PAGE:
Health & Safety

May 9, 2014

Different abilities unite community

Tags:
Staff Sgt. N.B.
432nd Wing, 432nd Air Expeditionary Wing Public Affairs

Children competing in the 50-meter race pass the Nevada Special Olympics torch at Cheyenne High School in Las Vegas May 1. More than 240 Airmen from Nellis and Creech Air Force Bases volunteered their time during the two-day event to help unify the community and set an example through fitness and sports play.

LAS VEGAS, Nev. — It’s easy to fall in love with friendly competition. So easy, in fact, that we sometimes forget that it’s just competition.

For some, competition isn’t about scoring the most points or crossing the finish line first, it’s about enjoying the game itself.
For the more than 2,000 athletes, coaches, supporters and Airman volunteers attending the Nevada Special Olympics at Cheyenne High School in Las Vegas, the experience went beyond winning the gold.

“The opportunity to help out the local community is an experience that will last forever,” said Senior Master Sgt. Brian LeClair, 99th Medical Surgical Operations Squadron superintendent and Special Olympics volunteer coordinator. “Working with special needs children strikes a chord in your heart and leaves volunteers with way more than they realize, which is why we encourage our Airmen to participate in these events.”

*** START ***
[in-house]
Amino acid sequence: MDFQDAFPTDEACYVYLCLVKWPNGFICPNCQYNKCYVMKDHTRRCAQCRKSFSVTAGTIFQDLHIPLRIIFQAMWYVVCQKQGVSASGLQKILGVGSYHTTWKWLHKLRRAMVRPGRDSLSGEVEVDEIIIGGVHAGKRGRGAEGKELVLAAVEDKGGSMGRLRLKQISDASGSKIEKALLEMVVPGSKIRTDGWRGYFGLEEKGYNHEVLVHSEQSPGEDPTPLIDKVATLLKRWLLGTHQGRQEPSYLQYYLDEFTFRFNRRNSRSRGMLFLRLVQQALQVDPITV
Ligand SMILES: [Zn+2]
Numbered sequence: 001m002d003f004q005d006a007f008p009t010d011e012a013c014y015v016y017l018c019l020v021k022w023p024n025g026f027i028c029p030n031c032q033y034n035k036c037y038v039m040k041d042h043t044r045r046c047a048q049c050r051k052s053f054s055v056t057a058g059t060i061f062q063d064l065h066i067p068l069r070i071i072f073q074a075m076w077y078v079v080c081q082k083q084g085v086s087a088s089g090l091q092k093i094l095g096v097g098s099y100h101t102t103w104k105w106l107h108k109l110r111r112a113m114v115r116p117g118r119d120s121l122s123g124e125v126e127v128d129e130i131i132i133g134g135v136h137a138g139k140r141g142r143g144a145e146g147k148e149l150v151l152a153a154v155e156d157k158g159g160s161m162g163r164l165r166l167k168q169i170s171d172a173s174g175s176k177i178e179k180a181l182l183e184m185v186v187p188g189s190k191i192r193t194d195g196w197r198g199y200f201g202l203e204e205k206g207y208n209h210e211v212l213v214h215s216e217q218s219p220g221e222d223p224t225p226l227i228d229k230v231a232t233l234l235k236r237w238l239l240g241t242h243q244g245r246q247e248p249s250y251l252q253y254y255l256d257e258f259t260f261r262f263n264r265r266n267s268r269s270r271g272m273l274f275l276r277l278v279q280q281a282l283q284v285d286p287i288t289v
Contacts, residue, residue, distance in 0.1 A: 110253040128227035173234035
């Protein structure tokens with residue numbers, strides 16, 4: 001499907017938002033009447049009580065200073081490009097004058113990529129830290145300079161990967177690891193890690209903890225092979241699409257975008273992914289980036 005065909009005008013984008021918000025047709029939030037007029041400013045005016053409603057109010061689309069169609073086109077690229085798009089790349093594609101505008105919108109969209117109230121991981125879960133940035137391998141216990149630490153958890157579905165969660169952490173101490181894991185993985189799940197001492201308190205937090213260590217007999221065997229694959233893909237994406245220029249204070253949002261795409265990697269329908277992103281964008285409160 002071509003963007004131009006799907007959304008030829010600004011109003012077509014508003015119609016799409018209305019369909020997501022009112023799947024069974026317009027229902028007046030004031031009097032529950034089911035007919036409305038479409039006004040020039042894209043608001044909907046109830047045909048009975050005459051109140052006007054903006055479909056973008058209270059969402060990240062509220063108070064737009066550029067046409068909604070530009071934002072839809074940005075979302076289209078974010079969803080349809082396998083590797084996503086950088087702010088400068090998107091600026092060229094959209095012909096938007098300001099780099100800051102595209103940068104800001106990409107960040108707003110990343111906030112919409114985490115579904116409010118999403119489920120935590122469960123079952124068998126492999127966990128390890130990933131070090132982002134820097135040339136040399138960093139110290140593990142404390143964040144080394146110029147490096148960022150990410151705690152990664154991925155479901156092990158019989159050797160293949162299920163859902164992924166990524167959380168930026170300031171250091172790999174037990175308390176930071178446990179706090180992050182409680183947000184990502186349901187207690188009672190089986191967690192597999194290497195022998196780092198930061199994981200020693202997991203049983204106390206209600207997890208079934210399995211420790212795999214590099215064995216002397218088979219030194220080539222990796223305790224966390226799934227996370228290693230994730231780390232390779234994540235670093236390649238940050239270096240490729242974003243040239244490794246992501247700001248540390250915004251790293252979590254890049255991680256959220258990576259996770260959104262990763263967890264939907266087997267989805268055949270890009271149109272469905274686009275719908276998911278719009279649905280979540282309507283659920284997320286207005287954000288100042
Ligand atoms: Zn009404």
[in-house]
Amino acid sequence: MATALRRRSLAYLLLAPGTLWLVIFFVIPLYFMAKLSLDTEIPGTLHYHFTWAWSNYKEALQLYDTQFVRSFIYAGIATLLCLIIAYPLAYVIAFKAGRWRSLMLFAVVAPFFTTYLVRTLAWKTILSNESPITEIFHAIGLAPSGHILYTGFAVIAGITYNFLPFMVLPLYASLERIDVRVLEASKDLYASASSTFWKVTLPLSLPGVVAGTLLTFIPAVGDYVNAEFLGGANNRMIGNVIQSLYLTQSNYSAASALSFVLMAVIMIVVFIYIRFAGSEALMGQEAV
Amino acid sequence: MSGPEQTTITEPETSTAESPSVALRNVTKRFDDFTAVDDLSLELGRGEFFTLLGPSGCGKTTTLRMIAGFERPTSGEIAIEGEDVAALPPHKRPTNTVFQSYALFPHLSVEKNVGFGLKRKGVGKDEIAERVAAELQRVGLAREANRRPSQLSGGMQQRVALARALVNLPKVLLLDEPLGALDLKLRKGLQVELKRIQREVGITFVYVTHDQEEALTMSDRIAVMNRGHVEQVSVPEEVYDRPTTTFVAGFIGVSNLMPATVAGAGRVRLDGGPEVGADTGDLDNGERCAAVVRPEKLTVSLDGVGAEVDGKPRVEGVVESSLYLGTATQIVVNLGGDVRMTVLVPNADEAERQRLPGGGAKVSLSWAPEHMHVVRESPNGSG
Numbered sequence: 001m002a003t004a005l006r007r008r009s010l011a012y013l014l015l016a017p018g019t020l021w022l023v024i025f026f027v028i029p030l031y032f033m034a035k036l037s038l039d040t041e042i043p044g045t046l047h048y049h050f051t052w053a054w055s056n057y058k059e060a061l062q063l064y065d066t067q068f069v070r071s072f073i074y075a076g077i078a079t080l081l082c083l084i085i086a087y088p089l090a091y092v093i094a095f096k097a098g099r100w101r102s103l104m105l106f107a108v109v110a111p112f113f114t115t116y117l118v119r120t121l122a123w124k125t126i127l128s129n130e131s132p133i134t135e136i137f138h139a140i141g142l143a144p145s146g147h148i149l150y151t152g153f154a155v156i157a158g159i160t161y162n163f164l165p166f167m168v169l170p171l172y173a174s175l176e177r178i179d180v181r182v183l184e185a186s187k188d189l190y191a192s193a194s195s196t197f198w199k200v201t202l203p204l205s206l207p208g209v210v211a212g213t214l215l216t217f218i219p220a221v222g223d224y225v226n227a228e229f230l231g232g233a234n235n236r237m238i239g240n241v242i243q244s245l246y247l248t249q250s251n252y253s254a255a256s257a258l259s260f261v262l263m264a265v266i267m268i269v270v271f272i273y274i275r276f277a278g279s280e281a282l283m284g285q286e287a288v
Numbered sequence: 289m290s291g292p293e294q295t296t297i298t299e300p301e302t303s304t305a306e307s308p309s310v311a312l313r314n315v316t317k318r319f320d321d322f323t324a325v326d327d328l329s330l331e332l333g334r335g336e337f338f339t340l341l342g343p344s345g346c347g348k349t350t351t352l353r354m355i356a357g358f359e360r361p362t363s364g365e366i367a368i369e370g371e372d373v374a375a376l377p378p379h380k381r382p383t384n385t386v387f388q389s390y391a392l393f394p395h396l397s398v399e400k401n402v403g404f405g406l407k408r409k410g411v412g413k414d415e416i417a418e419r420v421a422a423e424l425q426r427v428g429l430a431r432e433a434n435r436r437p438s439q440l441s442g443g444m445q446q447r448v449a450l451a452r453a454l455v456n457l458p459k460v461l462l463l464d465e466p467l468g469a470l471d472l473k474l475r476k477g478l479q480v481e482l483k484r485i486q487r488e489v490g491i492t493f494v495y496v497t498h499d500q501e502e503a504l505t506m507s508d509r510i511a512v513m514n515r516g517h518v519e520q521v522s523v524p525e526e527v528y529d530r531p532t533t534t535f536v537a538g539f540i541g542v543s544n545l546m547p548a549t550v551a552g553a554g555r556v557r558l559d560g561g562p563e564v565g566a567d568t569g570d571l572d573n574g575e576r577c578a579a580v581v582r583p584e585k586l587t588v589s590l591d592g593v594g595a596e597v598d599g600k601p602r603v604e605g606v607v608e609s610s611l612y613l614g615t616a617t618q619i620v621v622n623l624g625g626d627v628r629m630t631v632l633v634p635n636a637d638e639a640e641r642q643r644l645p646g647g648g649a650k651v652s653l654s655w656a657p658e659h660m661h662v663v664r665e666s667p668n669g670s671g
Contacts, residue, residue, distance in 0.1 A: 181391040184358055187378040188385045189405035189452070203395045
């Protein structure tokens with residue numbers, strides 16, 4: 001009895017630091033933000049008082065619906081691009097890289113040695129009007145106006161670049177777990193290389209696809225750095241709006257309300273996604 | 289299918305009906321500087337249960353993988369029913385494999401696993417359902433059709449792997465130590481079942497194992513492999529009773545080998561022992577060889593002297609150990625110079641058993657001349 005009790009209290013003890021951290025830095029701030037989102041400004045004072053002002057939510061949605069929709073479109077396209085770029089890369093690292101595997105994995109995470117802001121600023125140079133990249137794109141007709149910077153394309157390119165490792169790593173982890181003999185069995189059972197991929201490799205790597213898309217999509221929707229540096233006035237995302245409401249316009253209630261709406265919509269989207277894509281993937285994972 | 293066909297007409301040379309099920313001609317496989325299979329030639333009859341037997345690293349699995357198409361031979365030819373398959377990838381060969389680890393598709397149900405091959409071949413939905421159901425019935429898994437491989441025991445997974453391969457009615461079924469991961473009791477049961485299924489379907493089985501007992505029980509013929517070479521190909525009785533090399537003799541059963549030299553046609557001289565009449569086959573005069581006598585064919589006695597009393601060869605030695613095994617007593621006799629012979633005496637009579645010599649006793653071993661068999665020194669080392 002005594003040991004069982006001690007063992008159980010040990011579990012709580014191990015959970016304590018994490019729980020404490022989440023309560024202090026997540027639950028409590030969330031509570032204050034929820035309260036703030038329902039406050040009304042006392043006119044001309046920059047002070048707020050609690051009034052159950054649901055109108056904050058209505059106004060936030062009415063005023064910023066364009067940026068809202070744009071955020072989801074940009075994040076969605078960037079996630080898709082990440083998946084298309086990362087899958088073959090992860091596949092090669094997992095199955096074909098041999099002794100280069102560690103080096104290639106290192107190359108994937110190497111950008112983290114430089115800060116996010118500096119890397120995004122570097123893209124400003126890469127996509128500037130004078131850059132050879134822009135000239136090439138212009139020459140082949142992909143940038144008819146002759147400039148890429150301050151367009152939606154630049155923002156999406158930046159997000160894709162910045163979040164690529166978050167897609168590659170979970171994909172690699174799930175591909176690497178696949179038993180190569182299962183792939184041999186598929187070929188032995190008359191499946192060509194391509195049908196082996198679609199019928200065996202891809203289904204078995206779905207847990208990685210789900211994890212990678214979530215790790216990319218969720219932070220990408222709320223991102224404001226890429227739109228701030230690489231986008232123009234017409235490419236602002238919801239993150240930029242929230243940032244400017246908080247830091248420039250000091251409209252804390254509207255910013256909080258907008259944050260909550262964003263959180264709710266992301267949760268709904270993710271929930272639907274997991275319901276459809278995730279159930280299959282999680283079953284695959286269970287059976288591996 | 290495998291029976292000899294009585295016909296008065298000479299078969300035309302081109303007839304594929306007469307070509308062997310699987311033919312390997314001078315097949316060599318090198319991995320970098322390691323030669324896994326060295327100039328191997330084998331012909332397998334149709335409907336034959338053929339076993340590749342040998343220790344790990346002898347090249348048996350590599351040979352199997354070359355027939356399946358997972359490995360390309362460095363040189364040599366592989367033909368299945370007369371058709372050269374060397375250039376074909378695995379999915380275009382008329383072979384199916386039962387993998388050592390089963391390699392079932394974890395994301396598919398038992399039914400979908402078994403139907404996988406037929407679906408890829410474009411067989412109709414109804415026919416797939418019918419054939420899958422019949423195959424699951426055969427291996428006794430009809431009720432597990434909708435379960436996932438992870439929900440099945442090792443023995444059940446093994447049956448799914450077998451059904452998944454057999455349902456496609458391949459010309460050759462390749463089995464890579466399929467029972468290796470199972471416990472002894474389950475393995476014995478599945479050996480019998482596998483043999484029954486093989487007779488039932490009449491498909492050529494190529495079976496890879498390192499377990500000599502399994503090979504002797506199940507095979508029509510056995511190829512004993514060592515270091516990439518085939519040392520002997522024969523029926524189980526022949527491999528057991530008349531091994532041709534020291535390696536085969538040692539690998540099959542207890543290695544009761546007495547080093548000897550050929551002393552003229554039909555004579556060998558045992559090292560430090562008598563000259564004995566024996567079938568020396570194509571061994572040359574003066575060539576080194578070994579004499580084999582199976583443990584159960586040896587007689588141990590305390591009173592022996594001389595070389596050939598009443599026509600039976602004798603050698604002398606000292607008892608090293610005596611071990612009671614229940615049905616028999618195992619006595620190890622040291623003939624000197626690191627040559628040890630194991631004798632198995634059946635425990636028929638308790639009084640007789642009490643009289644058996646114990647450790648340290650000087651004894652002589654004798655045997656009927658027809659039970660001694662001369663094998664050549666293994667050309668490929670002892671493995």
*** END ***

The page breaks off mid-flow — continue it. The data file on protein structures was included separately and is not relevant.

More than 240 Airmen from Nellis and Creech Air Force Bases volunteered their time during the two-day event to help unite the community and set a good example through fitness and sports play.

“We love working with the Air Force,” said Harry Mong, Nevada Special Olympics Sports Director. “They set the example for the younger generation since these events take place at local high schools. I know that the kids participating enjoy spending the day with some of our local heroes.”

Ethan Jauregui, seven, a Goldfarb Elementary School student, places his hand over his heart while Las Vegas Metro Police Officers salute during the opening ceremony of the Nevada Special Olympics at Cheyenne High School in Las Vegas May 1. More than 1,900 special needs athletes from 40 local schools attended the two-day event
and participated in various track and field events.

Since being founded in 1968, the Special Olympics have been dedicated to empowering adults and children with intellectual disabilities through sport. Although they make up the largest disability group in the world, those with challenges are often left feeling isolated and alone.

That’s something one Airman says he won’t stand to see happen.

“It’s awesome to come out here and be a part of the community at such a great event,” said Staff Sgt. Brandon Cox, 57th Maintenance Operations Squadron precision guided missiles crew chief. “I’m a people person and I love kids, so being able to show them they are important and aren’t left out or different is important to me.”

Airmen, along with volunteers from other local businesses, helped coach, keep score, and encourage the children participating in various track and field events. For many, this wasn’t their first time volunteering.

“I’ve been volunteering and running this event for the last three years, and every year I leave here with more [excitement] than I planned,” said LeClair. “It’s nice to see the kids again and see how they have grown and changed during the past year.”

Mong expressed his gratitude to the men and women of Nellis and Creech for using their limited down time to help further the organization, a gesture that left many glad they did.